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Baseball superstar Alex Rodriguez is facing fresh legal trouble: He's being sued by his lawyer David Cornwell for $380,000 in unpaid legal fees.

The veteran sports attorney and his firm, Atlanta-based Gordon & Rees, represented Rodriguez in his failed attempt to get his season-long suspension from Major League Baseball overturned, the New York Daily News reports. Rodriguez was suspended after being implicated in a wide-ranging scandal involving the use of banned performance-enhancing drugs.

What the story behind A-Rod's unpaid fees, and how is Cornwell planning on getting Rodriguez to fork them over?

A Georgia court has declined to adopt the so-called "baseball rule," allowing a lawsuit involving a 6-year-old girl injured by a foul ball at an Atlanta Braves game to proceed.

The suit was filed by the girl's father after a foul ball shattered the girl's skull, leaving her with traumatic brain injuries, reports The Atlanta Journal-Constitution. The Braves had appealed a lower court judge's ruling that the "baseball rule" -- which would have effectively barred the suit -- was not recognized as Georgia law.

What is the "baseball rule," and why did the court decline to recognize it?

Three high-profile athletes were stopped on pot charges within the past week, with some facing serious potential consequences.

Texas Rangers' Geovany Soto was pinched on Wednesday for misdemeanor marijuana possession, although the player has been out this season with a knee injury. Meantime, college athletes in Alabama and Georgia were also arrested on marijuana charges which may block them from playing.

What do these allegedly pot-possessing athletes have to expect after their pot stops?

After deliberating for more than a week, a jury has found the Los Angeles Dodgers partly liable for injuries to Bryan Stow, the San Francisco Giants fan who was nearly beaten to death following an opening day game in 2011.

The Dodgers were found 100 percent liable for Stow's economic damages and 25 percent liable for Stow's pain and suffering, reports the Los Angeles Times. The two men who beat Stow, Louis Sanchez and Marvin Norwood, were each found 37.5 percent liable for pain and suffering. Sanchez and Norwood both pleaded guilty to felony charges earlier this year and were sentenced to eight and four years in prison, respectively.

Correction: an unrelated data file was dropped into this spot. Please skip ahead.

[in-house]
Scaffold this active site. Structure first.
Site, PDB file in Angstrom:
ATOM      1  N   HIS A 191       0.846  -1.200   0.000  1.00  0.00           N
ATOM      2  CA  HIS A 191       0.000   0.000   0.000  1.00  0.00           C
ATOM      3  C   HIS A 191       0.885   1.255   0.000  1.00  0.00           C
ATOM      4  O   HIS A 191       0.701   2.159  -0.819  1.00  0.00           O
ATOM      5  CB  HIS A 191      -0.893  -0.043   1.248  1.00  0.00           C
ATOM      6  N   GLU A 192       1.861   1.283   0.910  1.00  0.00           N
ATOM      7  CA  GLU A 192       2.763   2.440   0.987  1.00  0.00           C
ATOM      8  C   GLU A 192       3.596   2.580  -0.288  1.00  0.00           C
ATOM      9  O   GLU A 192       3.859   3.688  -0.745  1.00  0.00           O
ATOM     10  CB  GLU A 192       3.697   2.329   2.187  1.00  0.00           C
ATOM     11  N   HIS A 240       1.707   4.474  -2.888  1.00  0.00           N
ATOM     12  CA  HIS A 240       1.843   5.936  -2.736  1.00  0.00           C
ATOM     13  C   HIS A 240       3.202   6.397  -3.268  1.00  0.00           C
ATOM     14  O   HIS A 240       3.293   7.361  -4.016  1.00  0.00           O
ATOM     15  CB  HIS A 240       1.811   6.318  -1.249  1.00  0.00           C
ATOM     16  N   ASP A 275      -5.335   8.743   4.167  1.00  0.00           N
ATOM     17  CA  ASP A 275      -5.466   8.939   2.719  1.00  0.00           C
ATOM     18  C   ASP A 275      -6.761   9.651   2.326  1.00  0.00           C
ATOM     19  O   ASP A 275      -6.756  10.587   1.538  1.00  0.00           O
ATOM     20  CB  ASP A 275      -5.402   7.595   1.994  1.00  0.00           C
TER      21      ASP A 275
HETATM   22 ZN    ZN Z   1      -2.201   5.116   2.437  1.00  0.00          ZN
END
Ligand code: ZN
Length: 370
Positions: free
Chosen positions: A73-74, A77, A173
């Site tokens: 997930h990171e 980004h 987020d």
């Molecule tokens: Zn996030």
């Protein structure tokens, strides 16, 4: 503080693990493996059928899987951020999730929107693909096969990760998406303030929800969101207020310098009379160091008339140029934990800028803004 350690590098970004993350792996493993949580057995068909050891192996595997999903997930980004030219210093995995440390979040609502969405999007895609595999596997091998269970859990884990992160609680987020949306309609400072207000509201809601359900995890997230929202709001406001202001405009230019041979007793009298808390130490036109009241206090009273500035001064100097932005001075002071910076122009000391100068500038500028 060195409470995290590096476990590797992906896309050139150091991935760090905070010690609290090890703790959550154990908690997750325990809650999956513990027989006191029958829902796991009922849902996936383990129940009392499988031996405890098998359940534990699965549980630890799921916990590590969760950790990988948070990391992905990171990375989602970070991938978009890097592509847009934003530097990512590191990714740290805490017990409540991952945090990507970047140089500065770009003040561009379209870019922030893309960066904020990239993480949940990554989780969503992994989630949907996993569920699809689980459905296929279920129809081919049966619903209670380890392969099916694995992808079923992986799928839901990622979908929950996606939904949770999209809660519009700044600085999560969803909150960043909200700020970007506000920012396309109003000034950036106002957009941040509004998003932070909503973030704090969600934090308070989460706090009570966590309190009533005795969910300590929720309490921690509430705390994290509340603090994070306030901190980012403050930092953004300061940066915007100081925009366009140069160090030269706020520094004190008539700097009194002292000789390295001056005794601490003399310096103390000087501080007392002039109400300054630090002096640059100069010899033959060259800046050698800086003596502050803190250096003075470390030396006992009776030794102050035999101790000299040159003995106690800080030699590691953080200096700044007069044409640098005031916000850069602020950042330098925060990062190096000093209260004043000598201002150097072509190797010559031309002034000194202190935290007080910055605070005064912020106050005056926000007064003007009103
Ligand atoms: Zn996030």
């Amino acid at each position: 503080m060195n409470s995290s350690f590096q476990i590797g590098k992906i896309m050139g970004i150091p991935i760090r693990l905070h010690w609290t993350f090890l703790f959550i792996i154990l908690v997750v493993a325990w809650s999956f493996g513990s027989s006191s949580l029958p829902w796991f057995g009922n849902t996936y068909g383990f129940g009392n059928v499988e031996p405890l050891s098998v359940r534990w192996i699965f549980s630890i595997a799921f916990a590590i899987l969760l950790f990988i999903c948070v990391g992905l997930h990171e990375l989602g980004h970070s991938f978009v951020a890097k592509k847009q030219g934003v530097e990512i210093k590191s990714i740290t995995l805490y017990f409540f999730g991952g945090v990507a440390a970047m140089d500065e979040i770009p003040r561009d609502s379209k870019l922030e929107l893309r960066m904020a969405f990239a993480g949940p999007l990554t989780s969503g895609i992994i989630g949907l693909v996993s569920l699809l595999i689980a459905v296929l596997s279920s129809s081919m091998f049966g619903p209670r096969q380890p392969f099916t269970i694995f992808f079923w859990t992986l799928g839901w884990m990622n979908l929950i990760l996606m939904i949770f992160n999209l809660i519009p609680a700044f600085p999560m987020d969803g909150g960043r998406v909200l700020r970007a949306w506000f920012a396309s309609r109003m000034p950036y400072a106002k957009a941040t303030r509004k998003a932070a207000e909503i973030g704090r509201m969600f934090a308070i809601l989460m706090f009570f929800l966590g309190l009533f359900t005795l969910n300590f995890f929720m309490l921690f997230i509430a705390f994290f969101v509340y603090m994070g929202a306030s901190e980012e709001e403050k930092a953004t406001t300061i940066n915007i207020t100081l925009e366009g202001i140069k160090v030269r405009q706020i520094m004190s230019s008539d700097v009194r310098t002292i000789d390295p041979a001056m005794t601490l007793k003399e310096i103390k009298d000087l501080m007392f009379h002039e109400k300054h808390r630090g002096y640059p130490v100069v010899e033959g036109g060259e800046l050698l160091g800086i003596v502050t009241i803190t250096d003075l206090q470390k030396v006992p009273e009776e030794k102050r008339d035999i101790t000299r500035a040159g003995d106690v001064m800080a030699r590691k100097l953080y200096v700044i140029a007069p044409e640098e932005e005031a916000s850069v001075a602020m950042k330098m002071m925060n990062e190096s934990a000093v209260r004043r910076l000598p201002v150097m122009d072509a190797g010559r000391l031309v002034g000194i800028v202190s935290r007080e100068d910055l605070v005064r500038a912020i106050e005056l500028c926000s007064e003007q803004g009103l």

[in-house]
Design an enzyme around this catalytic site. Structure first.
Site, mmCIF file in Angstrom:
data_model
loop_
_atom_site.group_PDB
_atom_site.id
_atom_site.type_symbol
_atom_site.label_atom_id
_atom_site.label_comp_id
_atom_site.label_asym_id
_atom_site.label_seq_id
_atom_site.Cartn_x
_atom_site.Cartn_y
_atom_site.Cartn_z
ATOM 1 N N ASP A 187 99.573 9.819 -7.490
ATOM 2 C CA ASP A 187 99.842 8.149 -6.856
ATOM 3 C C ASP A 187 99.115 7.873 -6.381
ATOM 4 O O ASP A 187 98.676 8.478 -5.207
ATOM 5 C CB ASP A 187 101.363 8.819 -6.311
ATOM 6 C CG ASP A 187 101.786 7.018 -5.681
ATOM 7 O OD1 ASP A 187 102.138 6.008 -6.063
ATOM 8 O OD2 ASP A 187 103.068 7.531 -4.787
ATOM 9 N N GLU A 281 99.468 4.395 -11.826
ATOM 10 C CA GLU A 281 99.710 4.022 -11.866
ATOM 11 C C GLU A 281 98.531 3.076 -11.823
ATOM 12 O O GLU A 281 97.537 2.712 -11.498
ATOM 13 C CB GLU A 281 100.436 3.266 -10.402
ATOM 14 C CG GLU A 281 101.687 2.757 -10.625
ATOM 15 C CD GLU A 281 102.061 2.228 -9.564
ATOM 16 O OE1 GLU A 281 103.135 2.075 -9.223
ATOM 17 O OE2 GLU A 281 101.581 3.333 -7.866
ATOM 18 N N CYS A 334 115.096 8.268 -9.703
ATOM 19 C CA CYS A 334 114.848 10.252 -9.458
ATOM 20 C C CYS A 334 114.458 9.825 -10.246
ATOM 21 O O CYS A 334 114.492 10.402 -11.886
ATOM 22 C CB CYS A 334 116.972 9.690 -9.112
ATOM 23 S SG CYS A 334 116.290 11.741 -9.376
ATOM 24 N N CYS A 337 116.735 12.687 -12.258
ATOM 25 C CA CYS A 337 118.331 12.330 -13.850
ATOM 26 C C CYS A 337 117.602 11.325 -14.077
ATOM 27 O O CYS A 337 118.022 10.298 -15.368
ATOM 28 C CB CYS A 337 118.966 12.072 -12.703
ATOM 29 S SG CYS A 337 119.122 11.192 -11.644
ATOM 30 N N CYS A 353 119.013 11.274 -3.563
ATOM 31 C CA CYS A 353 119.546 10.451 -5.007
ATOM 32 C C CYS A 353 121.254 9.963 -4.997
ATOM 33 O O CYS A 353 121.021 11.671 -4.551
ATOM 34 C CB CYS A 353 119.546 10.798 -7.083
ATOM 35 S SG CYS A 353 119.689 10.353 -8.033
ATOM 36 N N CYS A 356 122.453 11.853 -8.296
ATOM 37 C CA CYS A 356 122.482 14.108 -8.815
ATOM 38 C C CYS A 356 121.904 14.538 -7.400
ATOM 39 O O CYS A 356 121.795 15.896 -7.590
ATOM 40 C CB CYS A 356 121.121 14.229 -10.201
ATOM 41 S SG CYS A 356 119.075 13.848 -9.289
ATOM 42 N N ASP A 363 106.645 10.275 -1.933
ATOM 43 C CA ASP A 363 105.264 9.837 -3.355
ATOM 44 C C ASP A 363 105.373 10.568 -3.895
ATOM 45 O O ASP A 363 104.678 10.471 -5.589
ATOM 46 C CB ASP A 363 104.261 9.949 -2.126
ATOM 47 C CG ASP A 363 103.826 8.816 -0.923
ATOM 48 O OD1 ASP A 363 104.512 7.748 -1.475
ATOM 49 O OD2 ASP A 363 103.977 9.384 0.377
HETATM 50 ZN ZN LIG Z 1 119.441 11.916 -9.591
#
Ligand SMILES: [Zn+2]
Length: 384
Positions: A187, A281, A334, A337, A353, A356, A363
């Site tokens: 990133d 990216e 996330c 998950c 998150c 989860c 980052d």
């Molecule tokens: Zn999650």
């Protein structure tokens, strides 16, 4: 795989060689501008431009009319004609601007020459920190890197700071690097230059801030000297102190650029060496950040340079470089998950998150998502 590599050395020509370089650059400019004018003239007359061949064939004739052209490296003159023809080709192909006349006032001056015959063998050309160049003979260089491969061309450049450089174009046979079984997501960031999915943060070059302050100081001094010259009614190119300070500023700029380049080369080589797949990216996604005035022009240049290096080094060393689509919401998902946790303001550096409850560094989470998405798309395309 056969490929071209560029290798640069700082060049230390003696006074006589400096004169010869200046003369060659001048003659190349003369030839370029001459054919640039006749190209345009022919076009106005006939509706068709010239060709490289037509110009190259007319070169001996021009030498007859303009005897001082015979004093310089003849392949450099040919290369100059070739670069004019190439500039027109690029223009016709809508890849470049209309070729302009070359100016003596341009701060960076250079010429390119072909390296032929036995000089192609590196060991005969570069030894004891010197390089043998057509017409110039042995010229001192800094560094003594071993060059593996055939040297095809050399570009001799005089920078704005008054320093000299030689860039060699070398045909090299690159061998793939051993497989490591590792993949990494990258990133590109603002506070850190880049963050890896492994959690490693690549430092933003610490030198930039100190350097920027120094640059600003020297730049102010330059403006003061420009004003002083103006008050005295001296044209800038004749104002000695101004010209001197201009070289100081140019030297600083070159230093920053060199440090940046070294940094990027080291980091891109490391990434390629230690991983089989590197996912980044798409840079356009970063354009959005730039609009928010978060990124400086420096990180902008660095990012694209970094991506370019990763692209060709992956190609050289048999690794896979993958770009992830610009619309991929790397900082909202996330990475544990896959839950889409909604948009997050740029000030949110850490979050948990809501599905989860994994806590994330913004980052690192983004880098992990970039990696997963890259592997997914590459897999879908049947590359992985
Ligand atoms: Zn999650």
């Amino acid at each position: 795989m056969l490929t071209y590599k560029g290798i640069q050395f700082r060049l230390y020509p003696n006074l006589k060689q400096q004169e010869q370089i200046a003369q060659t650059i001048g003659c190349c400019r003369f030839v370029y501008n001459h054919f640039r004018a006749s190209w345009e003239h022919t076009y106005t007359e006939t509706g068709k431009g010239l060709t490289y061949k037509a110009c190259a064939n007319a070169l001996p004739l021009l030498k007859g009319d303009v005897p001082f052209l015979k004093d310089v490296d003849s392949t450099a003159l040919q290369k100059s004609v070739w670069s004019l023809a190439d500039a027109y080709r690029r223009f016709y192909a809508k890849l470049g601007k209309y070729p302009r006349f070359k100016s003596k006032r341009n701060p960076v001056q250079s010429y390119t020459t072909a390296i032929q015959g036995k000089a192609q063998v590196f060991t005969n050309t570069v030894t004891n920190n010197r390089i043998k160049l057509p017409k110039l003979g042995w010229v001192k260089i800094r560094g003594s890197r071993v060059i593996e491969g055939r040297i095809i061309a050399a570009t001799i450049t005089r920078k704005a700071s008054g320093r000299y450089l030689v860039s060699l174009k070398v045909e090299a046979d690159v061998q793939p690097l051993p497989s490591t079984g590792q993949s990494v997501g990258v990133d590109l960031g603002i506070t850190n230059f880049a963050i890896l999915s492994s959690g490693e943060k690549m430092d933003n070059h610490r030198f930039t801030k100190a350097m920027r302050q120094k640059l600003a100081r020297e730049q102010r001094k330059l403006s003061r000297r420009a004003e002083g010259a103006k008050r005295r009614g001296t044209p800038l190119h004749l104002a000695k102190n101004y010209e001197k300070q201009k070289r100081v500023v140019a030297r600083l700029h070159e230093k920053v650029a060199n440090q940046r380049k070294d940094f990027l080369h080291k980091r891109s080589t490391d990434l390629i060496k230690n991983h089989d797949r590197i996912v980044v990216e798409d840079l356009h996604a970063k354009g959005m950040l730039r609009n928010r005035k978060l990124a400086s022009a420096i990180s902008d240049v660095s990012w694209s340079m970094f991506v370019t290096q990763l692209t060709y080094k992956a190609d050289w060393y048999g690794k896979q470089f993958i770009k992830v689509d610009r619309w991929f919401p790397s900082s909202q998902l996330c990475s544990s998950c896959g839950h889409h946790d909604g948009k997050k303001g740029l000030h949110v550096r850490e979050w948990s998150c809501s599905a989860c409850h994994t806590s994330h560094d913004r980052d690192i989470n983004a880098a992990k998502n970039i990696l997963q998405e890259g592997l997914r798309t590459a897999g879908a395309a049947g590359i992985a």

How much are the Dodgers going to have to pony up?

What's worse than getting caught on the kiss cam? A fan caught by ESPN's cameras sleeping at a Yankees-Red Sox game is suing ESPN and the Yankees for portraying him as "fatty, unintelligent, and stupid."

Andrew Robert Rector is wide awake now, and he's suing for $10 million in damages for defamation and intentional infliction of emotional distress after the network broadcast him sleeping at an April 13 game. Rector is also suing ESPN announcers Dan Shulman and John Kruk for allegedly unleashing an "avalanche of disparaging words" against the snoozing fan, reports Courthouse News Service.

What the ZZZ is up with this ESPN suit?

During his days as a player, Washington Nationals manager Matt Williams was known as "The Big Marine" for his unflappable demeanor.

That reputation was put to the test last week when Williams was rear-ended by a hit-and-run driver while being interviewed live on a local sports radio station.

How'd the Big Marine handle his on-air mishap, and what should you do if you're involved in a car accident?

$32.72. College athletes aren't paid, at least not yet, but surely Jameis Winston could've afforded $32.72 worth of crab legs and crawfish?

Winston, the Heisman Trophy winner and Florida State University quarterback, ran into more legal trouble Tuesday night, when he reportedly shoplifted a little more than $32 worth of food from a local supermarket, reports USA Today. Store employees contacted law enforcement who met Winston at his residence; the quarterback claimed that he "forgot" to pay, but admitted to taking the food.

For many, petty theft would lead to an arrest, but luckily for Winston, he was given a civil citation as part of a diversion program. What does that mean for Winston?

Daniel Murphy's Paternity Leave: What New Dads Need to Know

When New York Mets second baseman Daniel Murphy took paternity leave this week, some sports fans criticized him on talk radio, because it meant that he would miss out on the first two games of the season.

While some weren't supportive about Murphy's decision, the Mets player ultimately felt that being there for his wife and new son was the best decision for his family, reports ESPN.

So if you're a new dad like Murphy, what do you need to know about paternity leave?

It's Opening Day! As baseball season begins anew, some fans who wouldn't normally give two hoots about fantasy games will start betting on fantasy baseball.

And strangely, the MLB seems to be OK with that (though the league's support is "purportedly limited" to free games on a particular site, as Forbes points out).

But before you put money on your fantasy picks, consider this: Is it legal to bet on fantasy baseball?

Two men accused of brutally beating San Francisco Giants fan Bryan Stow in 2011 pleaded guilty Thursday and were sentenced to prison.

Stow, 45, of Santa Cruz, California, suffered brain damage after Louie Sanchez, 31, attacked him from behind and continued to punch and kick Stow while he was on the ground, Reuters reports. The other defendant, Marvin Norwood, 33, assisted Sanchez by keeping Stow's friends from helping the man as he was pummeled on the ground.

Both men were sentenced to state prison for their parts in the severe attack, and the sentencing judge was less than lenient.